Timing is everything.
-chris :)
 

maractwin

Blue Ring
Registered
#18
update

Mom is still watching the eggs. I'm reluctant to bother her too much at this point (Chris relayed a story where disturbing eggs caused premature hatching). Here are a couple of pics which aren't as clear as previous weeks.





I've exchanged email with a number of people about this in the last week. I've had a couple of experts tell me that it won't be possible to raise the inklings. But we're going to try anyway. We've got a rotifer culture up and going, and are working on copepods. We've constructed rearing chambers for them. We'll be starting a detailed journal as they hatch. I'll try to photodocument everything as well.

-Mark
 

maractwin

Blue Ring
Registered
#19
Inklings!

They started hatching this morning! They're larger than I expected, about 1.5-2mm long. Here's one:



So far, only a couple hundred have hatched. I expect they'll keep appearing for several days. I'm putting some into rearing chambers which are half-liter sized plastic container floating in the tank. I've cut out much of the bottoms of these containers and glued coffee-filters in on the bottoms. This gives water exchange with the main tank while keeping in both inklings and rotifers. I've also got a gentle air bubbler running in each chamber. I think they're eating the rotifers, though it's hard to tell for sure. Based on a paper by Villanueva, I'll be trying to keep 100-300 prey items per liter of water.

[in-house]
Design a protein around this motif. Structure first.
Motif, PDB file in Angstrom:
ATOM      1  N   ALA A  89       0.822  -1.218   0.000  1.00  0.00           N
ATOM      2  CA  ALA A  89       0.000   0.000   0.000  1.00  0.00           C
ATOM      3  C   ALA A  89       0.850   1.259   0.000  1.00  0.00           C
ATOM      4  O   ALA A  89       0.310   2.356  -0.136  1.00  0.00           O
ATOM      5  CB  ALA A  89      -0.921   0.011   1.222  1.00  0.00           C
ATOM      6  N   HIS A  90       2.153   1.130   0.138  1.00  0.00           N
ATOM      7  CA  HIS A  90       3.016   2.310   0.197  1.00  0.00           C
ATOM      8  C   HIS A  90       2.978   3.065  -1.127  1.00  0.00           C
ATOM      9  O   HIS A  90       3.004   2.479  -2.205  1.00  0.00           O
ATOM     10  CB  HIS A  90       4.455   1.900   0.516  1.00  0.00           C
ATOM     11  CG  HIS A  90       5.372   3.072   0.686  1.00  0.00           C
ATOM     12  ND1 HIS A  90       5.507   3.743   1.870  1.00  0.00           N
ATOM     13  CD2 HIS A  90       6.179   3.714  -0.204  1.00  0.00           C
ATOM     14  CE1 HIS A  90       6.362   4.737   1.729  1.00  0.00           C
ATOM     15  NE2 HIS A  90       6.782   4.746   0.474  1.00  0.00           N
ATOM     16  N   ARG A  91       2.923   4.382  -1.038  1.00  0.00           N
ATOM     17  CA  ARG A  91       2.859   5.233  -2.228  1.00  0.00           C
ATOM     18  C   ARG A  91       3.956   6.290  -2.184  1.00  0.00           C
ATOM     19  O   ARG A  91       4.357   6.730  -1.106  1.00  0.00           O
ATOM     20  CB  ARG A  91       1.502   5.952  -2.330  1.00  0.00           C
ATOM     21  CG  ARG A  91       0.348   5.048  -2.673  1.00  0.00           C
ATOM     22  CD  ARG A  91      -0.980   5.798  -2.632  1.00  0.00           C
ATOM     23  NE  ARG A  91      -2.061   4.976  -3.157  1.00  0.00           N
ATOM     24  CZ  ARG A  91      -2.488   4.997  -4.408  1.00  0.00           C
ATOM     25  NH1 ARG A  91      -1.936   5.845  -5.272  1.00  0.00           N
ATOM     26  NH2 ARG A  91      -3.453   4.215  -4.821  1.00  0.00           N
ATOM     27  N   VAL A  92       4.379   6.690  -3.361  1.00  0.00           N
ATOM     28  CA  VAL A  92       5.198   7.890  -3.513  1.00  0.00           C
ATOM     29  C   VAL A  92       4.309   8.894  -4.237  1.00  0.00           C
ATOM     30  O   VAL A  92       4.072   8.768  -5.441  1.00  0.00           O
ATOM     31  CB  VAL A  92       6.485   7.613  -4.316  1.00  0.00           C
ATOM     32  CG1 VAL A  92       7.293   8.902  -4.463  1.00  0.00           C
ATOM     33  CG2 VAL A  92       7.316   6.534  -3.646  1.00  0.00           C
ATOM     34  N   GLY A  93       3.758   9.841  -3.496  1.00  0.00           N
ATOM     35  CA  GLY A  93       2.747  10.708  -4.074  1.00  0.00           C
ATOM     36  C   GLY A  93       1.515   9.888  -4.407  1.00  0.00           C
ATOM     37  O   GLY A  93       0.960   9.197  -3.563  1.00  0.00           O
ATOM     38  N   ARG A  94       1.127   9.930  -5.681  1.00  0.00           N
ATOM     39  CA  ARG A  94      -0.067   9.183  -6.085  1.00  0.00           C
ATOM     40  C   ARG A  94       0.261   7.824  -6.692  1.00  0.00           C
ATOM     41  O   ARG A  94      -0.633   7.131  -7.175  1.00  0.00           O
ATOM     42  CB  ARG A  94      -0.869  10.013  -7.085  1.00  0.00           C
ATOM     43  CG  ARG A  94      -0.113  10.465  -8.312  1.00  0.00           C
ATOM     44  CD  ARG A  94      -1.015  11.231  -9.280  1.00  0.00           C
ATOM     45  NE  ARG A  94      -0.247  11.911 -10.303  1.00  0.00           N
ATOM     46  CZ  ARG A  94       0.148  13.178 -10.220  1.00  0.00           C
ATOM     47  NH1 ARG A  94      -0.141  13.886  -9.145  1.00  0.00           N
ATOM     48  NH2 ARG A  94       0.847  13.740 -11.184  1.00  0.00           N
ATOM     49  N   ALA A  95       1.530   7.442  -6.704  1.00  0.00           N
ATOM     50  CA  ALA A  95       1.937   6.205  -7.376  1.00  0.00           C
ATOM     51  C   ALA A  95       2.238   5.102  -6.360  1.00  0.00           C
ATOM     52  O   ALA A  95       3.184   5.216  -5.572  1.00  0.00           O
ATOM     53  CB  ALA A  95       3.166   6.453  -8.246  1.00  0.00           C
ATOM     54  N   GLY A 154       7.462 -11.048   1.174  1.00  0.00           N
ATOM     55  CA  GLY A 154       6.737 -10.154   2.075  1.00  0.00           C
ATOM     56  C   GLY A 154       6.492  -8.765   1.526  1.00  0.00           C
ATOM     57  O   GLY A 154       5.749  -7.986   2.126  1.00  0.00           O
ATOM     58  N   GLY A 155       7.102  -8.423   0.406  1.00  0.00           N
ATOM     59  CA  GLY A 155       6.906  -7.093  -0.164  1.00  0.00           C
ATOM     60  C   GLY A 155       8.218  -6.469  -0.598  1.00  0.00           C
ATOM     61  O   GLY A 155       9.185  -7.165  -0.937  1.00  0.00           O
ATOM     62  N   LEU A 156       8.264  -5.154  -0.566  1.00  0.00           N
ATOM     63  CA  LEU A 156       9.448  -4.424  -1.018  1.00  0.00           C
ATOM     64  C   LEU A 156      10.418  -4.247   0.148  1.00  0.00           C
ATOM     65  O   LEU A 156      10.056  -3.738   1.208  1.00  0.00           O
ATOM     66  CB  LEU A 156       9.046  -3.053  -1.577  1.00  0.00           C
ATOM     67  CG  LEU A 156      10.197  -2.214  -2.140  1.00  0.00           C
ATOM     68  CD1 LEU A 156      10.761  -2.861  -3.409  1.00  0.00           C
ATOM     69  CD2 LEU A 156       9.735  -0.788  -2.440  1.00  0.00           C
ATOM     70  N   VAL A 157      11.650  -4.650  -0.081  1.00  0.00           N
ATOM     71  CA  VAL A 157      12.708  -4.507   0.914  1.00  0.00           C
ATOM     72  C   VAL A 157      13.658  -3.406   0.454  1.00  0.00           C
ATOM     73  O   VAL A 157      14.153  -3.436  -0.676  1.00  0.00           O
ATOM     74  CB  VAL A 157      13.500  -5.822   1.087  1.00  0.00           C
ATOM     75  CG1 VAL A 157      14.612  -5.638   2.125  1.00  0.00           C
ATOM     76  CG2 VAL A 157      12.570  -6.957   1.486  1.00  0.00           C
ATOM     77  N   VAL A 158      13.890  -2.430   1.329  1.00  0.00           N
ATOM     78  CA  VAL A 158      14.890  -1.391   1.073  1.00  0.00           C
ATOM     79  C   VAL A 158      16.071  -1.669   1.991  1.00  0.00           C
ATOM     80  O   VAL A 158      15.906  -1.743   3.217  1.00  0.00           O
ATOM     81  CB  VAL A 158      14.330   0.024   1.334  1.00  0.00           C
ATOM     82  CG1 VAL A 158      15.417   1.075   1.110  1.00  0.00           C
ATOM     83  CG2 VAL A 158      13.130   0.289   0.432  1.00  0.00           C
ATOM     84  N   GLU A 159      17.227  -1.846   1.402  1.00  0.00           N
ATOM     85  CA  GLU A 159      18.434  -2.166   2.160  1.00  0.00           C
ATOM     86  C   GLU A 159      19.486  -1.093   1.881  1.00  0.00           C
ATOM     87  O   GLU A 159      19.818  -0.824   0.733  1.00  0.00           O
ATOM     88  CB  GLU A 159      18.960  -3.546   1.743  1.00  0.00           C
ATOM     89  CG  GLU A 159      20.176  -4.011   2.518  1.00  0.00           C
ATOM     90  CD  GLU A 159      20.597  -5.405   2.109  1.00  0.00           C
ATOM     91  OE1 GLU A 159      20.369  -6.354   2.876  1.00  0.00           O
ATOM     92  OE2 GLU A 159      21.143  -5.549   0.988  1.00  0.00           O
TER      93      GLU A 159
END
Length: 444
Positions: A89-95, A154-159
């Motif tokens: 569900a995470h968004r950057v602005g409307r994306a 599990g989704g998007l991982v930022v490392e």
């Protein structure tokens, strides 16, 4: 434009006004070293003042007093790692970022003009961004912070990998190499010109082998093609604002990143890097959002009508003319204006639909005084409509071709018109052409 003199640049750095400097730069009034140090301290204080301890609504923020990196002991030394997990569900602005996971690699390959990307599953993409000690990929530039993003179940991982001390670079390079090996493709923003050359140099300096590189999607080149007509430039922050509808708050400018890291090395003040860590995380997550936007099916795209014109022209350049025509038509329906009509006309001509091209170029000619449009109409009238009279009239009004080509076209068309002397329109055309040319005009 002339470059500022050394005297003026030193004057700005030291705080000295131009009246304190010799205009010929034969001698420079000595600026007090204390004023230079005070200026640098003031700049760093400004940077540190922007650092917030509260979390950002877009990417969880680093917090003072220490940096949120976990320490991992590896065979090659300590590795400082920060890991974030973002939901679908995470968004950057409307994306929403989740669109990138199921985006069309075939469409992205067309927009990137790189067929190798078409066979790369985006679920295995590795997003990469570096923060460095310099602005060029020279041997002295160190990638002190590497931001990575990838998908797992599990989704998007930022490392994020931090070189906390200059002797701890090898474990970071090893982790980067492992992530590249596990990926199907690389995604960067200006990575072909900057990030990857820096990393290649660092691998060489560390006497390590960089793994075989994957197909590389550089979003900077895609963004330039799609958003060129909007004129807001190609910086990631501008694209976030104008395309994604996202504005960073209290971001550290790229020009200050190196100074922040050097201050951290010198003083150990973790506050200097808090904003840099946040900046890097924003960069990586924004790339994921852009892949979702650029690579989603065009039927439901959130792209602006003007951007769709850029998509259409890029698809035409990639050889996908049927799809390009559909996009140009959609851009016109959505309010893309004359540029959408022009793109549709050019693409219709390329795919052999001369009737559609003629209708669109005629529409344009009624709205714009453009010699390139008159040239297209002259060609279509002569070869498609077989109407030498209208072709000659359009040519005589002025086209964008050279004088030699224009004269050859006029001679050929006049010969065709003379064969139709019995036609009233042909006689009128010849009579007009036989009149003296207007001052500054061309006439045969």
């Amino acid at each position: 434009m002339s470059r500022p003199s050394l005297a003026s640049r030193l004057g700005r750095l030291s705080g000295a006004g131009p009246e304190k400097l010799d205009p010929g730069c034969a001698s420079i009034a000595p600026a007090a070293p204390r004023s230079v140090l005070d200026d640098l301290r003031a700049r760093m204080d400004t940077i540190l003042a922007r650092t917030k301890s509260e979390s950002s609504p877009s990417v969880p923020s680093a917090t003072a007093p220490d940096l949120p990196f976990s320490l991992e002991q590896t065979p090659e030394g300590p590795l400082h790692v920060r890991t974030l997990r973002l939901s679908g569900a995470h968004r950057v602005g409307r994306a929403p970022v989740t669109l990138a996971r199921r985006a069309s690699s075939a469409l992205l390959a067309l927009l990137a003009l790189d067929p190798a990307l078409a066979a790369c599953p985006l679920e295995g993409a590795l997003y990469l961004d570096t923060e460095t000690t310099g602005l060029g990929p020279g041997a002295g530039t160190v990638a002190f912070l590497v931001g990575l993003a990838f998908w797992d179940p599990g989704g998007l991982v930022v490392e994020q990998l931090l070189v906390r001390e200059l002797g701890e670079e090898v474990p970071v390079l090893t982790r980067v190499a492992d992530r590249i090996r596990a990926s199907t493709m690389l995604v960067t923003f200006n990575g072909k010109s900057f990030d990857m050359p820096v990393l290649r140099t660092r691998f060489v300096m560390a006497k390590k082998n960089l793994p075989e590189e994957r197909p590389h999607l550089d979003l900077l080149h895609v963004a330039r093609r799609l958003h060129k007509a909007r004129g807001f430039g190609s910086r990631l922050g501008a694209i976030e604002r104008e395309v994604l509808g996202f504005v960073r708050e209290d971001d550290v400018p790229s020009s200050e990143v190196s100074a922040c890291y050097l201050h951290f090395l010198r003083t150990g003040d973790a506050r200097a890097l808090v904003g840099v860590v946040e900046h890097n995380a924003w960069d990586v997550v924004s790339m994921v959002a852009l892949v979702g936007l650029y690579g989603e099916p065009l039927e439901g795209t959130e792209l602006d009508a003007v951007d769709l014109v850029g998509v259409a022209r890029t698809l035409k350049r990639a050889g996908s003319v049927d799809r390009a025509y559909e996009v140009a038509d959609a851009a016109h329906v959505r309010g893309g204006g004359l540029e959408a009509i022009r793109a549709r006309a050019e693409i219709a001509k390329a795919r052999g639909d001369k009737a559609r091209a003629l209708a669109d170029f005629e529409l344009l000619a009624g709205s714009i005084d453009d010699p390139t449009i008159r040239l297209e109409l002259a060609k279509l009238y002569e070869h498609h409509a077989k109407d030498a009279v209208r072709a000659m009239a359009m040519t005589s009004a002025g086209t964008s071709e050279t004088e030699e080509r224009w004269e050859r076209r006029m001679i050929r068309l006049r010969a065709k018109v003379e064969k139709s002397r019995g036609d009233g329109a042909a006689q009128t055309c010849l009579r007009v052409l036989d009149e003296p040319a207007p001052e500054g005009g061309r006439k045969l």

There are more pictures at http://www.actwin.com/jod/octopus_photos/inklings_day1/

I hope to get an online journal going on our site shortly. I'll post a pointer to it here once that is done.

-Mark
 

elusya

Cuttlefish
Registered
#20
hi mark,

that is an amazing pic. wow. we have a similar octo ,our post is before yours actually, and shejust finished laying her eggs. seems that you only had a gestation period of 30 days? and are you feeding the lil guys only rotifers or something else as well?
and perhaps you could email me that paper on the food? if it all possible?

we are going to attempt to raise our little guys as well! thank so much!

dominika
 

Members online